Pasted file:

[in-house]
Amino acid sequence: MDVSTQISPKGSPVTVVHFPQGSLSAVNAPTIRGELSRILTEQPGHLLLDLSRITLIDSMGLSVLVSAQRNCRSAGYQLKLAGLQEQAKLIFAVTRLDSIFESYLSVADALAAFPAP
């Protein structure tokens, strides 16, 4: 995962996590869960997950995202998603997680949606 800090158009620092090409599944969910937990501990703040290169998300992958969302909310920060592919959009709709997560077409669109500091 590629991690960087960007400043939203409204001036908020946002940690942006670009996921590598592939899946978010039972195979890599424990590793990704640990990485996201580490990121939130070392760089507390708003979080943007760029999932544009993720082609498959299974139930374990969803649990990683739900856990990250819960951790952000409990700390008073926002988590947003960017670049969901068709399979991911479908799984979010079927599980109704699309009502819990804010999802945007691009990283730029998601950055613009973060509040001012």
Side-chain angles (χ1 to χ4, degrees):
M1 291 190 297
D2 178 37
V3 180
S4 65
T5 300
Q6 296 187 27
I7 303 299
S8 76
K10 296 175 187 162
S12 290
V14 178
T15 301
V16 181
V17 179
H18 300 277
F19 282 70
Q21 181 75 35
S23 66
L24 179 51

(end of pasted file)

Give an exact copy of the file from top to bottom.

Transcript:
[in-house]
Amino acid sequence: MDVSTQISPKGSPVTVVHFPQGSLSAVNAPTIRGELSRILTEQPGHLLLDLSRITLIDSMGLSVLVSAQRNCRSAGYQLKLAGLQEQAKLIFAVTRLDSIFESYLSVADALAAFPAP
């Protein structure tokens, strides 16, 4: 995962996590869960997950995202998603997680949606 800090158009620092090409599944969910937990501990703040290169998300992958969302909310920060592919959009709709997560077409669109500091 590629991690960087960007400043939203409204001036908020946002940690942006670009996921590598592939899946978010039972195979890599424990590793990704640990990485996201580490990121939130070392760089507390708003979080943007760029999932544009993720082609498959299974139930374990969803649990990683739900856990990250819960951790952000409990700390008073926002988590947003960017670049969901068709399979991911479908799984979010079927599980109704699309009502819990804010999802945007691009990283730029998601950055613009973060509040001012």
Side-chain angles (χ1 to χ4, degrees):
M1 291 190 297
D2 178 37
V3 180
S4 65
T5 300
Q6 296 187 27
I7 303 299
S8 76
K10 296 175 187 162
S12 290
V14 178
T15 301
V16 181
V17 179
H18 300 277
F19 282 70
Q21 181 75 35
S23 66
L24 179 51